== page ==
Last thought, comparing the Farish Black 5 and and Hall (both of which go round all the points no problem at any speed) to the Dapol A4, their bogies are metal whereas the Dapol's is basic, i.e. lighter. I wondered if the extra weight meant more down force and possibly more inertia = less likely to be easily flicked off ?

I do hope I can sort this, partly because that lock cost me £130 (incl P&P) and partly because it is a beautiful model and I would love to keep it. Though that is pointless if it won't go round my track !
 

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...if there really are a significant number of locos which will not go round those points (due to the radius) you would have thought that a respected manufacturer like Peco would put a warning on them !...
The set track radii are 'standardised': and the expectation is that the model manufacturer - in this case Dapol - advises whether their product can negotiate whatever is accepted as the minimum set track radius in that scale, and if not what the minimum radius requirement might be.

As your 4-6-0 types have no trouble, it would be worth testing the A4 with the rear truck wheelset removed, making the model a more compact 4-6-0 than either of the two 4-6-0s you have (if they are all true scale for wheelbase). The loco to tender link may need to be looked at too, to ensure the large rear overhang doesn't bind on the tender front. (The same problem exists in OO, and the brands making pacifics fit flangeless rear truck wheels to avoid this, and space the tenders off very generously.)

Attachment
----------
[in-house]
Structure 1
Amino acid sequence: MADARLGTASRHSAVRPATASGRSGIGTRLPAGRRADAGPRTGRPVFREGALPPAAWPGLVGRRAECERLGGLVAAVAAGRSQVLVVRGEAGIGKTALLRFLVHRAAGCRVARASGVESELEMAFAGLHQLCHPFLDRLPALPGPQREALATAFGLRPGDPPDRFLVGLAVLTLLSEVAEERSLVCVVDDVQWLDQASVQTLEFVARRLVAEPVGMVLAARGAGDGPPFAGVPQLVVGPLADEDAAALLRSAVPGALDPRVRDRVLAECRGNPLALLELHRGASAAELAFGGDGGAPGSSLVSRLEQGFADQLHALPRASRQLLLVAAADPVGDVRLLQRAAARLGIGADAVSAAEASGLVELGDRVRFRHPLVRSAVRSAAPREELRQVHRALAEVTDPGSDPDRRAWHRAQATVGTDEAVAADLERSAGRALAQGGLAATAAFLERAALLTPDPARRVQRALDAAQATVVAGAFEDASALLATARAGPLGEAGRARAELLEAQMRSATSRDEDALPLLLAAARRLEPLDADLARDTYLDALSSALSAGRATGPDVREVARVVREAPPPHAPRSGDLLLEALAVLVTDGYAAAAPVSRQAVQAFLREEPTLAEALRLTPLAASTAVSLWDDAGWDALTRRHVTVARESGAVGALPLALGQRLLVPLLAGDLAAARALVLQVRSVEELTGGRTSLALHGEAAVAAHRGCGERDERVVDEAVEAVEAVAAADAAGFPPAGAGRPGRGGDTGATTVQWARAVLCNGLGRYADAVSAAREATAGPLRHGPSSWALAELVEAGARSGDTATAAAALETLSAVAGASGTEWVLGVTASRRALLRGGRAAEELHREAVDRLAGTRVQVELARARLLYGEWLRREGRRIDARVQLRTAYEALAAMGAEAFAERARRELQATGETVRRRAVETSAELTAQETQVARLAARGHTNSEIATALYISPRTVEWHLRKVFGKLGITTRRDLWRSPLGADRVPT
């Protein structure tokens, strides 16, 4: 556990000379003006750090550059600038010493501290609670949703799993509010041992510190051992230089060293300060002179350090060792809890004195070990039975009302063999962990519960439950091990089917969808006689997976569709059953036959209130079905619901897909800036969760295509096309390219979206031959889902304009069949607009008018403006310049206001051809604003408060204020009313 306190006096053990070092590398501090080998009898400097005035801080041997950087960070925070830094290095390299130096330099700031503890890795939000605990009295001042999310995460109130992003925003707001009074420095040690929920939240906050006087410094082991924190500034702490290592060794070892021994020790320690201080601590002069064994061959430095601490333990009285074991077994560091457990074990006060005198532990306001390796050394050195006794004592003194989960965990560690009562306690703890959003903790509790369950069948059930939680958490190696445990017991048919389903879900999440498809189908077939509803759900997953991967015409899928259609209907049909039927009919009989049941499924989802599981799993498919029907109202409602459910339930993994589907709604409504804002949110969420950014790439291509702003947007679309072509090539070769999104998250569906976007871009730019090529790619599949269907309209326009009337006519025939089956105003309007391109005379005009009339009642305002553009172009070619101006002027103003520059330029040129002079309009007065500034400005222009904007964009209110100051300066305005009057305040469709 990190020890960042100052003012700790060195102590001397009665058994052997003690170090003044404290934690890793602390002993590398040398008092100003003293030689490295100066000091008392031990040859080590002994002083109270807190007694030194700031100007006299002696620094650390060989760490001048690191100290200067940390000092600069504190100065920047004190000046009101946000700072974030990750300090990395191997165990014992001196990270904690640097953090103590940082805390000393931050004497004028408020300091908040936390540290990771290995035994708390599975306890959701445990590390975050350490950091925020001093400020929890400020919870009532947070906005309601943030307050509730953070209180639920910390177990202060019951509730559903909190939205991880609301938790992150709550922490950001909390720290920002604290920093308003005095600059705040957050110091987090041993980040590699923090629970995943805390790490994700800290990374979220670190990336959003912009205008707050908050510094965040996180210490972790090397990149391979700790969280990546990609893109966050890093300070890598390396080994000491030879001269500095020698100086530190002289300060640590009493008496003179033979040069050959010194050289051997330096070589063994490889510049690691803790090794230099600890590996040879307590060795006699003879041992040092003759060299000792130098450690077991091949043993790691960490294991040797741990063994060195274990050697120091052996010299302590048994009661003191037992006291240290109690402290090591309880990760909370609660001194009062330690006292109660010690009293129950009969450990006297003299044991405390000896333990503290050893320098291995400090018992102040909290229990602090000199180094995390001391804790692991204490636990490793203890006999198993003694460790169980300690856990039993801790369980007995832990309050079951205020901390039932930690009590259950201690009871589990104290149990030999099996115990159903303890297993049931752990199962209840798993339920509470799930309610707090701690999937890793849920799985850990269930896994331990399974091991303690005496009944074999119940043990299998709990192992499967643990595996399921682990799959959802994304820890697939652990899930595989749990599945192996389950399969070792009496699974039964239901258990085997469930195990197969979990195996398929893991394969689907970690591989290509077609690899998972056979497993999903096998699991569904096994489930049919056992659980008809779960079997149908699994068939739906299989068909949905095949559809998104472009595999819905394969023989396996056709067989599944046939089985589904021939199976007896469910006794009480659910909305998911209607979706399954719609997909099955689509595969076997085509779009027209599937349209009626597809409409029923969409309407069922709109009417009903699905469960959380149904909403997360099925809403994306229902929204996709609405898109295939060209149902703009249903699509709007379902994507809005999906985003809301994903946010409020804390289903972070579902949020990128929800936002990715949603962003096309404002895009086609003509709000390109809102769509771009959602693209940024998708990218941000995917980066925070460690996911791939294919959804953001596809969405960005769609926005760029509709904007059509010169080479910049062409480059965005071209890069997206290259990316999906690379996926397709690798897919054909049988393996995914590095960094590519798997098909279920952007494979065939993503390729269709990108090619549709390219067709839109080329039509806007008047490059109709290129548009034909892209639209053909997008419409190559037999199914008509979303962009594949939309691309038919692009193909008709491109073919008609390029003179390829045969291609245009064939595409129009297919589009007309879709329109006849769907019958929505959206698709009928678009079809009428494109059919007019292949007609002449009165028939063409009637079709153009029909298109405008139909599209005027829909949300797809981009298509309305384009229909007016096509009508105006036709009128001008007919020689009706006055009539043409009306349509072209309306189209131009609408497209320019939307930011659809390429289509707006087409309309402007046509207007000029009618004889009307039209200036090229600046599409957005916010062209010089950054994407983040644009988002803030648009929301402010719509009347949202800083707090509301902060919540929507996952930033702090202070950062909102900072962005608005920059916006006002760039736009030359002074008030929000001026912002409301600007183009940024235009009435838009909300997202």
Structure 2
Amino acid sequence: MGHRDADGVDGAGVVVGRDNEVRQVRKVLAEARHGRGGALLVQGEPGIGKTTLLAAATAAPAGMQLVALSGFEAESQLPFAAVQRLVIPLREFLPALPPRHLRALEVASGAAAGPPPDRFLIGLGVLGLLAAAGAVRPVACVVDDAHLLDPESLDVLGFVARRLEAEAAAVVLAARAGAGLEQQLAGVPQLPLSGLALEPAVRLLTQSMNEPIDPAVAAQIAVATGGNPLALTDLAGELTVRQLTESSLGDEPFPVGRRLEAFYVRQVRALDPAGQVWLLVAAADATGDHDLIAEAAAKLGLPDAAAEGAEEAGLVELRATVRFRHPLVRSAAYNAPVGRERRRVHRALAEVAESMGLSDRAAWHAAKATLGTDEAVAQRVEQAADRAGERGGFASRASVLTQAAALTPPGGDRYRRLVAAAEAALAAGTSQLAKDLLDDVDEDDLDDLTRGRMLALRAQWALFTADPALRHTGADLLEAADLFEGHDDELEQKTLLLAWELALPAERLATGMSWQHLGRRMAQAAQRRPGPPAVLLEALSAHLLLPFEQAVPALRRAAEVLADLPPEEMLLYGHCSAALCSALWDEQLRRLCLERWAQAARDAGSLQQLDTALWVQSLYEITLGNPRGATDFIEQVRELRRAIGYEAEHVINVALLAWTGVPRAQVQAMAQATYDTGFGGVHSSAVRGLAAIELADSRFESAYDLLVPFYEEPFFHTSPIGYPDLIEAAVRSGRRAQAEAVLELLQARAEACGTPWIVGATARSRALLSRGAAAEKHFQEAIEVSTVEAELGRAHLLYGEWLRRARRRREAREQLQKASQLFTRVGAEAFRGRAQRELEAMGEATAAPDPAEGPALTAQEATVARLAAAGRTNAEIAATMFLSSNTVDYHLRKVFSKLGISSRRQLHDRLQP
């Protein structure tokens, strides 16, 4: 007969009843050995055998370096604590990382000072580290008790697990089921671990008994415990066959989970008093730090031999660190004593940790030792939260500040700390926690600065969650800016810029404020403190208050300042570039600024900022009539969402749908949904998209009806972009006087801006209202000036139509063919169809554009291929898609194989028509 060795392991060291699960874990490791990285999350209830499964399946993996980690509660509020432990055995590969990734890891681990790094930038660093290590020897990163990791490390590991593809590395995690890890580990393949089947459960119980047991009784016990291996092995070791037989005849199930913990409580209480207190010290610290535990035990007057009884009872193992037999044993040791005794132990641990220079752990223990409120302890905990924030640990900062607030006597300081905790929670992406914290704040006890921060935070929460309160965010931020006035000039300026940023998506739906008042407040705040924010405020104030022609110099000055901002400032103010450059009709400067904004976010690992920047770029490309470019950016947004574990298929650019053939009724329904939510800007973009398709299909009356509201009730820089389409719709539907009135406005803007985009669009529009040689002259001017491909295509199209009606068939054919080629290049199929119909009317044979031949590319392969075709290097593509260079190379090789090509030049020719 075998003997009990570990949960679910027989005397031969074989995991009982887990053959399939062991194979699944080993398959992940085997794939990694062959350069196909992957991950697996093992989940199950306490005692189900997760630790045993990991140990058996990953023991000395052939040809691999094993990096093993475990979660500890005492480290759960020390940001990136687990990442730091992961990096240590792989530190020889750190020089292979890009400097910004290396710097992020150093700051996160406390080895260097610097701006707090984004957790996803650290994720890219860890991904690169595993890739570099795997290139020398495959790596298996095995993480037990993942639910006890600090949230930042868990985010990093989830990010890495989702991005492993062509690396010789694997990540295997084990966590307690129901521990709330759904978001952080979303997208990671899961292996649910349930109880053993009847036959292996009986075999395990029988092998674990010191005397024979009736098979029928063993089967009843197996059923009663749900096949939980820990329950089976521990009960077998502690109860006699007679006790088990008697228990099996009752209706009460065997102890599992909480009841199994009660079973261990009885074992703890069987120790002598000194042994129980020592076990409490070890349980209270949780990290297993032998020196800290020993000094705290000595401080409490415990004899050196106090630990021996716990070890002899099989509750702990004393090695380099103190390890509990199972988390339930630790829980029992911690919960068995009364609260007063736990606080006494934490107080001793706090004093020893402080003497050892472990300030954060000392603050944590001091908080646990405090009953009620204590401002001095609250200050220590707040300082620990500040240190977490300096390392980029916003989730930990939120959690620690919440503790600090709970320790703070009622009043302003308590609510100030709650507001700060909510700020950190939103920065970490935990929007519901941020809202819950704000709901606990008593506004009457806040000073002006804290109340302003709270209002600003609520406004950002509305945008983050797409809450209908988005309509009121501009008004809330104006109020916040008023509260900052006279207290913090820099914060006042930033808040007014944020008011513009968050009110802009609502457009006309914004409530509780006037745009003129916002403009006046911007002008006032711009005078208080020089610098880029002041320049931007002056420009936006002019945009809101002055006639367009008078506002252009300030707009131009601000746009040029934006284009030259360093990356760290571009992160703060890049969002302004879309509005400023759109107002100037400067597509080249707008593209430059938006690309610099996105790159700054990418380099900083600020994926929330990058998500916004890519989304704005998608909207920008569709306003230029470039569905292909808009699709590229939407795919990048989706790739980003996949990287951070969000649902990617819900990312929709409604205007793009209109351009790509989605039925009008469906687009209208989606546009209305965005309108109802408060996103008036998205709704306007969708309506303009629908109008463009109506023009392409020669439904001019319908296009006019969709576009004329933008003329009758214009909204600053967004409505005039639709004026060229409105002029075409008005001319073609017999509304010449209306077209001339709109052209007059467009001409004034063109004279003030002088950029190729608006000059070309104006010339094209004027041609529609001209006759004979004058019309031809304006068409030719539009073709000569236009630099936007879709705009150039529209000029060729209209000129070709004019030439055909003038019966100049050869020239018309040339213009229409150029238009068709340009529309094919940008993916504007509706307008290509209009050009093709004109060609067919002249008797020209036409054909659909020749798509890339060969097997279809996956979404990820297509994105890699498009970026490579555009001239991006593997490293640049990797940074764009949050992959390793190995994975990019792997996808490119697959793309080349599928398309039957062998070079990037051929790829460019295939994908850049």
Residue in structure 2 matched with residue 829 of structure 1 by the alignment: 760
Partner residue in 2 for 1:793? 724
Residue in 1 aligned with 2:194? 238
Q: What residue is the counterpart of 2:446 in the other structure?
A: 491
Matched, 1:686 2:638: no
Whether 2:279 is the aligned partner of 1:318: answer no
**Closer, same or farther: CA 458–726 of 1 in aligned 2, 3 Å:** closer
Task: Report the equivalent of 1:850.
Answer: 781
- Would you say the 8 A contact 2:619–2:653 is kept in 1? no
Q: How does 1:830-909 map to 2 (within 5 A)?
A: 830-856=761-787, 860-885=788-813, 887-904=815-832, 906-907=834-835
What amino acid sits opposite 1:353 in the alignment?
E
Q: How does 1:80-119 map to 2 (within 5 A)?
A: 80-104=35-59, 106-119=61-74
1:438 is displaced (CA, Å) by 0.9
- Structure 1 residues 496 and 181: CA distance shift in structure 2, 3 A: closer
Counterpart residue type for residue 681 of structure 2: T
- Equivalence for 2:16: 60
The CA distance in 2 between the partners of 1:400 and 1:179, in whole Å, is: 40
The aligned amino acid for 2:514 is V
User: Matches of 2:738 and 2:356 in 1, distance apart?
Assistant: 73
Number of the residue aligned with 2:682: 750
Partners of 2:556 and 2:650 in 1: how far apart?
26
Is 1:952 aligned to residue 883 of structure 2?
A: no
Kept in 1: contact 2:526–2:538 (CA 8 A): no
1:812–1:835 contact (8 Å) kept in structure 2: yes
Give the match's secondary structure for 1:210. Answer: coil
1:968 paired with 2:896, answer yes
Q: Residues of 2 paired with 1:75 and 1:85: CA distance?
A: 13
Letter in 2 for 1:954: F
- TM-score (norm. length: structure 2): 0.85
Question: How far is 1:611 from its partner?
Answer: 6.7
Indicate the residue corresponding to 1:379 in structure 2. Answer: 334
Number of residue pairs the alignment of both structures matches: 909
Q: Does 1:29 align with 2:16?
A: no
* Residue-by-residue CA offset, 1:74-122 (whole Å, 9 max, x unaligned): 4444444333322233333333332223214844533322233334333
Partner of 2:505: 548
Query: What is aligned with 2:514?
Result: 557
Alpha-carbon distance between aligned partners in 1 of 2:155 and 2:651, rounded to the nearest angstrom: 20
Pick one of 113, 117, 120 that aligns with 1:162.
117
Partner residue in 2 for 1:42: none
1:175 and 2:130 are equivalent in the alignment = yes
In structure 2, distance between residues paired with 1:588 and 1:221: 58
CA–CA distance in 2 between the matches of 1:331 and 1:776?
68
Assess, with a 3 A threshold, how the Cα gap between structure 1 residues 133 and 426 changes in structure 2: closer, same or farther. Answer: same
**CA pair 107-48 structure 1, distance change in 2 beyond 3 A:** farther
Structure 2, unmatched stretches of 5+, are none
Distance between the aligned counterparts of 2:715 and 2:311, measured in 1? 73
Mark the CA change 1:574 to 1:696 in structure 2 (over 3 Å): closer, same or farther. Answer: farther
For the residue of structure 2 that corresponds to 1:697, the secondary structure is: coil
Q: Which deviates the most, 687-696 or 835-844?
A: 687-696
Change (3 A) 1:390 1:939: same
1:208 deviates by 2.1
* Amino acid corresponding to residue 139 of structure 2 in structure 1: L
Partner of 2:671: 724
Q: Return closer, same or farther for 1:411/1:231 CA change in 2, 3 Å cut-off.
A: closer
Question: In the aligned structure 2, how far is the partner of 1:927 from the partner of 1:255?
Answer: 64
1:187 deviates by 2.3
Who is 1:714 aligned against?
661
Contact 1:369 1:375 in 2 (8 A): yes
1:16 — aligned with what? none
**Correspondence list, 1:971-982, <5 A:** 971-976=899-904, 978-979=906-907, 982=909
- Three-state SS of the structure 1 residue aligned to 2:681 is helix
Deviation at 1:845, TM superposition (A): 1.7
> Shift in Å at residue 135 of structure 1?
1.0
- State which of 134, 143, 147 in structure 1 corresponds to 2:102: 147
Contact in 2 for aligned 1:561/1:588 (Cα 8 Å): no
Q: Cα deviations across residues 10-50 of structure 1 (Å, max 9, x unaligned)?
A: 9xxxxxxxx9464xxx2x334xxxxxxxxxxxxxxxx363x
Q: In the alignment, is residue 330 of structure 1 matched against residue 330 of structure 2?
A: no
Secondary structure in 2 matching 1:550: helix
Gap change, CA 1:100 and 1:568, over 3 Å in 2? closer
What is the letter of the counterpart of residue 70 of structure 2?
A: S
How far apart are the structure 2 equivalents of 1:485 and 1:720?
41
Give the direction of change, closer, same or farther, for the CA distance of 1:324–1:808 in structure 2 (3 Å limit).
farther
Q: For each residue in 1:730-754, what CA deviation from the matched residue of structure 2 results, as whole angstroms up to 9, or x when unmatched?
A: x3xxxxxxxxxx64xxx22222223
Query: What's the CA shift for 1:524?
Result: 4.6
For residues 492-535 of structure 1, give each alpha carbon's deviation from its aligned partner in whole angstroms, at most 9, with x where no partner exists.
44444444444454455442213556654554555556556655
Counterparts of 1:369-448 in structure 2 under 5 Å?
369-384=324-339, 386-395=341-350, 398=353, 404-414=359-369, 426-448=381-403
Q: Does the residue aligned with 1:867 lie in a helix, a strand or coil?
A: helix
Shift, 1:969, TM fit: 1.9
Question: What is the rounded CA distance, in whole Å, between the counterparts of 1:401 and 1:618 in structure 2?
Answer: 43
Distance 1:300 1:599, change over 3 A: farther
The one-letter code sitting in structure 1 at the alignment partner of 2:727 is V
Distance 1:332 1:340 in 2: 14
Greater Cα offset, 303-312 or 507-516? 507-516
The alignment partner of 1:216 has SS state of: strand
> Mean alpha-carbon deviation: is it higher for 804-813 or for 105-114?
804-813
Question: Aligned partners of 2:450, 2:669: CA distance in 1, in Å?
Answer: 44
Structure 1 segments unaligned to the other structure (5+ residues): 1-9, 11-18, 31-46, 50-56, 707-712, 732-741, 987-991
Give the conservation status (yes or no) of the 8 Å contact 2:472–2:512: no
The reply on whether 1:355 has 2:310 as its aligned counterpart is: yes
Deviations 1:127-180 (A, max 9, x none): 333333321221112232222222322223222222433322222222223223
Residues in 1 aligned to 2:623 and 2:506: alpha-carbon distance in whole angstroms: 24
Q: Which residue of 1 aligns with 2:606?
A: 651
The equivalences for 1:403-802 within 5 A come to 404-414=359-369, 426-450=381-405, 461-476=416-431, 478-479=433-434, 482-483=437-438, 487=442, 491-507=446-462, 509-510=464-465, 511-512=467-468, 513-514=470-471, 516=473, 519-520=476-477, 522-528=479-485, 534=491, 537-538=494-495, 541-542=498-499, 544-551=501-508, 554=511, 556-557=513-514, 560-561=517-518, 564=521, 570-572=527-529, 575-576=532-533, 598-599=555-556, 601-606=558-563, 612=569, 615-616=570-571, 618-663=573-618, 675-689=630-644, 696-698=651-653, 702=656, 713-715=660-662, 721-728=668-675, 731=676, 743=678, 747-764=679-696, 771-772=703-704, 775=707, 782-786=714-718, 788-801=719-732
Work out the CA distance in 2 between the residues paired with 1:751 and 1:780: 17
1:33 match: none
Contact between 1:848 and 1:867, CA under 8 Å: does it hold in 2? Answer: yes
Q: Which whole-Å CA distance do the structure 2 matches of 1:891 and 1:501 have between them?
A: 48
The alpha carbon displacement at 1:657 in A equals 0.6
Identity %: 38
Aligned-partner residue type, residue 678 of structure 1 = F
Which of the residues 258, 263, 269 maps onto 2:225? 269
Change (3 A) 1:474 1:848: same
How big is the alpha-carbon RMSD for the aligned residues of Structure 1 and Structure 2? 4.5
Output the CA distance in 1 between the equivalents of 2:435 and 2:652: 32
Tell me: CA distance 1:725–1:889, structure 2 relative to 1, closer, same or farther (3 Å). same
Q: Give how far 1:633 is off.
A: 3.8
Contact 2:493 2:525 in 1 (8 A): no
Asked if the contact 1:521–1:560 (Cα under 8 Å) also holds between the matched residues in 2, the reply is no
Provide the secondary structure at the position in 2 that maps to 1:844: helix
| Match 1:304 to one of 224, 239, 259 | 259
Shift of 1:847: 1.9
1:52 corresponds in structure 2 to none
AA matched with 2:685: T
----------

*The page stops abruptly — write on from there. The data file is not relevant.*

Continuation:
Your idea of metal wheelsets is a good one. Without exception metal is always superior to plastic for flanged wheelsets. (A light spring is a good plan on carrying wheels too, but rather trickier in N for my ageing fingers.)
 

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Discussion Starter · #11 ·
The set track radii are 'standardised': and the expectation is that the model manufacturer - in this case Dapol - advises whether their product can negotiate whatever is accepted as the minimum set track radius in that scale, and if not what the minimum radius requirement might be.

As your 4-6-0 types have no trouble, it would be worth testing the A4 with the rear truck wheelset removed, making the model a more compact 4-6-0 than either of the two 4-6-0s you have (if they are all true scale for wheelbase). The loco to tender link may need to be looked at too, to ensure the large rear overhang doesn't bind on the tender front. (The same problem exists in OO, and the brands making pacifics fit flangeless rear truck wheels to avoid this, and space the tenders off very generously.)

Your idea of metal wheelsets is a good one. Without exception metal is always superior to plastic for flanged wheelsets. (A light spring is a good plan on carrying wheels too, but rather trickier in N for my ageing fingers.)
I do not remember seeing anything (in the instructions that came with my Dapol A4) "this model should not be used on layouts with turns smaller than radius 2, particularly on the points". I shall recheck when I get a chance, but, the curved points are radius 2 of the (tighter) inner anyway, so they should go round them !